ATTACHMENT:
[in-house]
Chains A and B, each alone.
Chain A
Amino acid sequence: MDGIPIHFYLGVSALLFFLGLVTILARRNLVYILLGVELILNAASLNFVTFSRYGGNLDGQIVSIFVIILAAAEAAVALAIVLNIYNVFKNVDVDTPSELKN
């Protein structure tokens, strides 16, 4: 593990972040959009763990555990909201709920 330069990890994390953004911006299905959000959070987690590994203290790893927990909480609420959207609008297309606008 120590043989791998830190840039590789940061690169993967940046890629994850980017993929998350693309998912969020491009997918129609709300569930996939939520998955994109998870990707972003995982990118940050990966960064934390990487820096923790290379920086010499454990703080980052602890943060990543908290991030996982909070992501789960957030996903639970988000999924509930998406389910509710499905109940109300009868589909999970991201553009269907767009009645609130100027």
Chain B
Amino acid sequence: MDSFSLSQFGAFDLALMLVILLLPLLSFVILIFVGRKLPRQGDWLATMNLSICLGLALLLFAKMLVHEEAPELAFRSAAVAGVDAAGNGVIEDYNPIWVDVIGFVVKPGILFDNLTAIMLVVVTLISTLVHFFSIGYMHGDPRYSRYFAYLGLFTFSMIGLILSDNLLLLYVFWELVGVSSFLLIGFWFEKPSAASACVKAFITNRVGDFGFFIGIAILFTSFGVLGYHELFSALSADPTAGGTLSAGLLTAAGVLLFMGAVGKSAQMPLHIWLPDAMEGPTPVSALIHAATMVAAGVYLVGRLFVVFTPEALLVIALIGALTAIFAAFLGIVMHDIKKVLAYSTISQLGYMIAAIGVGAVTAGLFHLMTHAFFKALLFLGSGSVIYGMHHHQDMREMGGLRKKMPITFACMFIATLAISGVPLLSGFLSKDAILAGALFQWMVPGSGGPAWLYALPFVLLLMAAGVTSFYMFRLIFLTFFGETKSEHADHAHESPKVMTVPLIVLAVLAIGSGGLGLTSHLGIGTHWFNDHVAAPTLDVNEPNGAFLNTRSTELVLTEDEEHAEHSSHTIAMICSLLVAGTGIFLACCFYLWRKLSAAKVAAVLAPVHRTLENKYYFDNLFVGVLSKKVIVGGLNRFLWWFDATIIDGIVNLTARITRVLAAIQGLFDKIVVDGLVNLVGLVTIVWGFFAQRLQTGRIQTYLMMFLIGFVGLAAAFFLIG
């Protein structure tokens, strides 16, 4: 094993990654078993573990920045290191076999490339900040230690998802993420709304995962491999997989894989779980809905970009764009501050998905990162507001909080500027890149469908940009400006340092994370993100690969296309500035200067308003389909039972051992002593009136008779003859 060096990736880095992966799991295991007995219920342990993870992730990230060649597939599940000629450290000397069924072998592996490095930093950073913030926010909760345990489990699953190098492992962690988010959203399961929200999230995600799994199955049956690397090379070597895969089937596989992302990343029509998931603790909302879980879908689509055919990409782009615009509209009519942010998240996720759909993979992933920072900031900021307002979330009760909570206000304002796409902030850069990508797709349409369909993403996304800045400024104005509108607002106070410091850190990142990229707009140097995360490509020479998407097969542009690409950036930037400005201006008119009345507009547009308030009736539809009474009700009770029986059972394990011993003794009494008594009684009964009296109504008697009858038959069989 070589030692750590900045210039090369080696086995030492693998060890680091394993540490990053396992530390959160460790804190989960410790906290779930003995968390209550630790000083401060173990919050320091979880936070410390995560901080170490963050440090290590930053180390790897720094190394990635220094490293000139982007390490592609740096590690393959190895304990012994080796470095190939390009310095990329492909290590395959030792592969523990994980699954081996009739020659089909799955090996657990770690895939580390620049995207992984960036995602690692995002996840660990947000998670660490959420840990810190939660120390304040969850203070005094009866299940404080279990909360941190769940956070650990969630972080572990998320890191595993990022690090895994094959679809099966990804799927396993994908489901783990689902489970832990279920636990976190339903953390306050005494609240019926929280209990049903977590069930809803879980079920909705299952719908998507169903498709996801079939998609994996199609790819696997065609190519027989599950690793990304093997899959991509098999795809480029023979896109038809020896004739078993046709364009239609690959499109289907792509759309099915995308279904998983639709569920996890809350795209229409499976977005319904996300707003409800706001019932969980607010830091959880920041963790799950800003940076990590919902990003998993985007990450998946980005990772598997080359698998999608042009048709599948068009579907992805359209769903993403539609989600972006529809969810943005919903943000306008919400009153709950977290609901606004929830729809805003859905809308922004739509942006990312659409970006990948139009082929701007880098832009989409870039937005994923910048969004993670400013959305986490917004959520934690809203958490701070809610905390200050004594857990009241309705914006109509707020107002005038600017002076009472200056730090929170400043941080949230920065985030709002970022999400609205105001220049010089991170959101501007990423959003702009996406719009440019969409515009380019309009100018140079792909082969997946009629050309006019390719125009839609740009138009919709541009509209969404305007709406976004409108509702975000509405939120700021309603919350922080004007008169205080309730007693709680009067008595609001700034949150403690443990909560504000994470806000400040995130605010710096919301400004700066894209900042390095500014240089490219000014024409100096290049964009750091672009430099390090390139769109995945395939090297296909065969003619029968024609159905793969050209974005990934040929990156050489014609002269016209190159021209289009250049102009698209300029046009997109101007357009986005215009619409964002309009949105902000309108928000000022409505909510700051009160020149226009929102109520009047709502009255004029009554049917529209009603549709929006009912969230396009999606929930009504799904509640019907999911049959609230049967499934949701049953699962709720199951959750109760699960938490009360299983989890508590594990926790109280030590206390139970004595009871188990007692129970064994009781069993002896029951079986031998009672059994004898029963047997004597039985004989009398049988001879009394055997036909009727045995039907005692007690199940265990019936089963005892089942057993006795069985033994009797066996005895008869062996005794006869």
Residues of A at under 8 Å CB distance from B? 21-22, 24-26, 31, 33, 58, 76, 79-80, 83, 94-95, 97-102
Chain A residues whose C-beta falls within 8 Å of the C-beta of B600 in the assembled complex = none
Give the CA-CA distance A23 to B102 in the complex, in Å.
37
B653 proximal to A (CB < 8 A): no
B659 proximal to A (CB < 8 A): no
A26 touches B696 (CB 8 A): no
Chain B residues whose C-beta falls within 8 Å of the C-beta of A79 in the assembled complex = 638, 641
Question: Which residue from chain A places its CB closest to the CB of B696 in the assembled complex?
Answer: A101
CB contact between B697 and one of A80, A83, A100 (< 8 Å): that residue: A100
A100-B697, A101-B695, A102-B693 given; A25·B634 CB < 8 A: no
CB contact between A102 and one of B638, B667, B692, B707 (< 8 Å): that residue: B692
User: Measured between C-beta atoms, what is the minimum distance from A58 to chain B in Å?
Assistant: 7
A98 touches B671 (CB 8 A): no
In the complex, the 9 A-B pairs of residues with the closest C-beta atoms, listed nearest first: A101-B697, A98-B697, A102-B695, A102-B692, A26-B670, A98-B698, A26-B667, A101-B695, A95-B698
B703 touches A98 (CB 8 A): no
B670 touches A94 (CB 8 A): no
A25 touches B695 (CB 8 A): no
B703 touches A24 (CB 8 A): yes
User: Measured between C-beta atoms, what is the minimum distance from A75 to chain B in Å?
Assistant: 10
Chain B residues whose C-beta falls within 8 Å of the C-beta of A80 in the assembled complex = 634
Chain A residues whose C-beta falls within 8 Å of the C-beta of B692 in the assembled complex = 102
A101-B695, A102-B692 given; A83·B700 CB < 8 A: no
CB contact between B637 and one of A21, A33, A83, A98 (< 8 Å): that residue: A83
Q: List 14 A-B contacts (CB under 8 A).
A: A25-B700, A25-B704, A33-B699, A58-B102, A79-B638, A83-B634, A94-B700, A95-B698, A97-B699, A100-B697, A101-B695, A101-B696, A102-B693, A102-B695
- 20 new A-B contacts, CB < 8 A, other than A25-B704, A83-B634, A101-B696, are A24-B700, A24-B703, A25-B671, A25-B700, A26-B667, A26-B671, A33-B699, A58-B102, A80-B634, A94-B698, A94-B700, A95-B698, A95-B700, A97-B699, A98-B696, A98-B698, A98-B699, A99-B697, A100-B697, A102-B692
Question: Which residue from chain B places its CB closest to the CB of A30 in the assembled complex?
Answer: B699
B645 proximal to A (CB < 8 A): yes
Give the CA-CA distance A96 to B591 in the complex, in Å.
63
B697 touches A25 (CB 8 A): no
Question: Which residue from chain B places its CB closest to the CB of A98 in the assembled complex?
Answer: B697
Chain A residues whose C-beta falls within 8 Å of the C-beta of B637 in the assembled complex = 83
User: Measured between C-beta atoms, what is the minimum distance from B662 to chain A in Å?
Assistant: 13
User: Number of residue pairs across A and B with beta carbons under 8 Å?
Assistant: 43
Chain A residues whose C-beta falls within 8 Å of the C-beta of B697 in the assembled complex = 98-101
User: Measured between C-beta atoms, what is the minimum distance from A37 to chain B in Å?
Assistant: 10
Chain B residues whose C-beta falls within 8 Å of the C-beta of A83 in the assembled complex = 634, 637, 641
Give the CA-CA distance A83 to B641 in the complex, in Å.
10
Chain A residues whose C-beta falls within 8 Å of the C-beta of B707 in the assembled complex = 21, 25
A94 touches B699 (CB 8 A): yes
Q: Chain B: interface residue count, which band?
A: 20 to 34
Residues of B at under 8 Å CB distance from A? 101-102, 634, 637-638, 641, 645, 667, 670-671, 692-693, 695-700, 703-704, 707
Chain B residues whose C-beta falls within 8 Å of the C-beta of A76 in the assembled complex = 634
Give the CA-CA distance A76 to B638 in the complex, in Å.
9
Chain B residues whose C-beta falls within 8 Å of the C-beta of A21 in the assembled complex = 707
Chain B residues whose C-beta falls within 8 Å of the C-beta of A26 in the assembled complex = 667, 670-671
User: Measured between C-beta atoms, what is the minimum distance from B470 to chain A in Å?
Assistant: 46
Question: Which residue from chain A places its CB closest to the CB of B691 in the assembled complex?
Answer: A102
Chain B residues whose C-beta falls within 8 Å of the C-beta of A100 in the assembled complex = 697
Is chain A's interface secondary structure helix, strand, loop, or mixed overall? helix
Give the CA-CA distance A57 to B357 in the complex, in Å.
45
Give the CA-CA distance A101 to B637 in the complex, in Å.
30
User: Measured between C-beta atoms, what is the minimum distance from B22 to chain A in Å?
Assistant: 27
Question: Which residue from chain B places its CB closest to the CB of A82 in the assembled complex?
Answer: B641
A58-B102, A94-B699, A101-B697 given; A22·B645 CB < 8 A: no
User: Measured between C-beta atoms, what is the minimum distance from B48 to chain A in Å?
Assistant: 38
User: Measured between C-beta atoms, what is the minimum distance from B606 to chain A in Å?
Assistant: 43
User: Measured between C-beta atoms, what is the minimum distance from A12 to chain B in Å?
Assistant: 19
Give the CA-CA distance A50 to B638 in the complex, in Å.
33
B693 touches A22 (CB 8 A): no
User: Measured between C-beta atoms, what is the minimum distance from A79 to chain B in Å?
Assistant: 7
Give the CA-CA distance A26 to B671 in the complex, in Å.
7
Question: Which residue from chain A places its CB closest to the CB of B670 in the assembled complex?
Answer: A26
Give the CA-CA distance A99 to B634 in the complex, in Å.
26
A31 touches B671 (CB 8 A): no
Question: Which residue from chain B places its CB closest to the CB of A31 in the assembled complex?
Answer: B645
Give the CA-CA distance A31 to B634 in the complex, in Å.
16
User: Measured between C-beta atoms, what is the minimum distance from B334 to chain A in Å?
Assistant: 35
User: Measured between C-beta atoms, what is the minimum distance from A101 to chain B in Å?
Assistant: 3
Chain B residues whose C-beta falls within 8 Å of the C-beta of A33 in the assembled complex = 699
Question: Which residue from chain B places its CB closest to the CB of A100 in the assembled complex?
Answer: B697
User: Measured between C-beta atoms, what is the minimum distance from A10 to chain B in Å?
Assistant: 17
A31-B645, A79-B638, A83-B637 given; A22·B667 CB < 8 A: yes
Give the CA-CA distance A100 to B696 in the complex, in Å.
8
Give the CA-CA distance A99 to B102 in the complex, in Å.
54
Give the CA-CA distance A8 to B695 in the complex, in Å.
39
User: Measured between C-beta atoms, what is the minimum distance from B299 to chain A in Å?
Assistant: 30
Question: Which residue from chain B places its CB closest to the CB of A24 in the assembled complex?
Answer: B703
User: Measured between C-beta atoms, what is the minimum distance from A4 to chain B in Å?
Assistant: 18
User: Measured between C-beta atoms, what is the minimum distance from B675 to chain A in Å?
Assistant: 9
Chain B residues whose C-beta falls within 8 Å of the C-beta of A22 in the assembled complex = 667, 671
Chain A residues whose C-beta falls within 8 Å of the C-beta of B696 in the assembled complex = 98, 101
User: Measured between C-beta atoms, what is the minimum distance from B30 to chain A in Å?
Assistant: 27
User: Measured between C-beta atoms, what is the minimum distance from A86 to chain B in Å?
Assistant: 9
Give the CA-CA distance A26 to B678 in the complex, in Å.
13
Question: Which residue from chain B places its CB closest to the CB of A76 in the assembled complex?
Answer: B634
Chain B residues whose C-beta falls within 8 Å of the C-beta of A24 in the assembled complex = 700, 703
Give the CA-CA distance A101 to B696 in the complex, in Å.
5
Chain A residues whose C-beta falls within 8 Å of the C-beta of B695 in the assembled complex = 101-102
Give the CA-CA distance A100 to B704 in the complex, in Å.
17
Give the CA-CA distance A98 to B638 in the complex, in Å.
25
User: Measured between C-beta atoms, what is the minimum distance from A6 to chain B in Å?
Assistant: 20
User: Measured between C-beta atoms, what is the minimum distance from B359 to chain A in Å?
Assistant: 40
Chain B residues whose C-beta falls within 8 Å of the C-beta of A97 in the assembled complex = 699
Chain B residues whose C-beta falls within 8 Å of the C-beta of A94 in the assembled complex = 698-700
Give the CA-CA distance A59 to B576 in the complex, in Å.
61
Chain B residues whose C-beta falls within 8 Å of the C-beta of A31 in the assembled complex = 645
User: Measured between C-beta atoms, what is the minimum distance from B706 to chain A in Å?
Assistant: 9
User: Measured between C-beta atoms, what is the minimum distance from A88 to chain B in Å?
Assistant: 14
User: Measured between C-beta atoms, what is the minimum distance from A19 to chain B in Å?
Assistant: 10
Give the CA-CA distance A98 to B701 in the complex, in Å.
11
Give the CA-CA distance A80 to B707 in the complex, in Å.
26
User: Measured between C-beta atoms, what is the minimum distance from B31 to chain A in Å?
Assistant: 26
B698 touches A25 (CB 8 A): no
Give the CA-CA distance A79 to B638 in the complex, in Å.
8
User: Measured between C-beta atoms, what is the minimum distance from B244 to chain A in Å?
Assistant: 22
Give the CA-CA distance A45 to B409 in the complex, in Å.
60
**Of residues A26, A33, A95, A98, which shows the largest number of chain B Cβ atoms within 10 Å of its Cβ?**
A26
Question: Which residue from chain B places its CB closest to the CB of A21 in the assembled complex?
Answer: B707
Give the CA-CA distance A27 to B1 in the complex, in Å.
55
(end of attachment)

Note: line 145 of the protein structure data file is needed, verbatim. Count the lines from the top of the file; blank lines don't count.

Give the CA-CA distance A98 to B638 in the complex, in Å.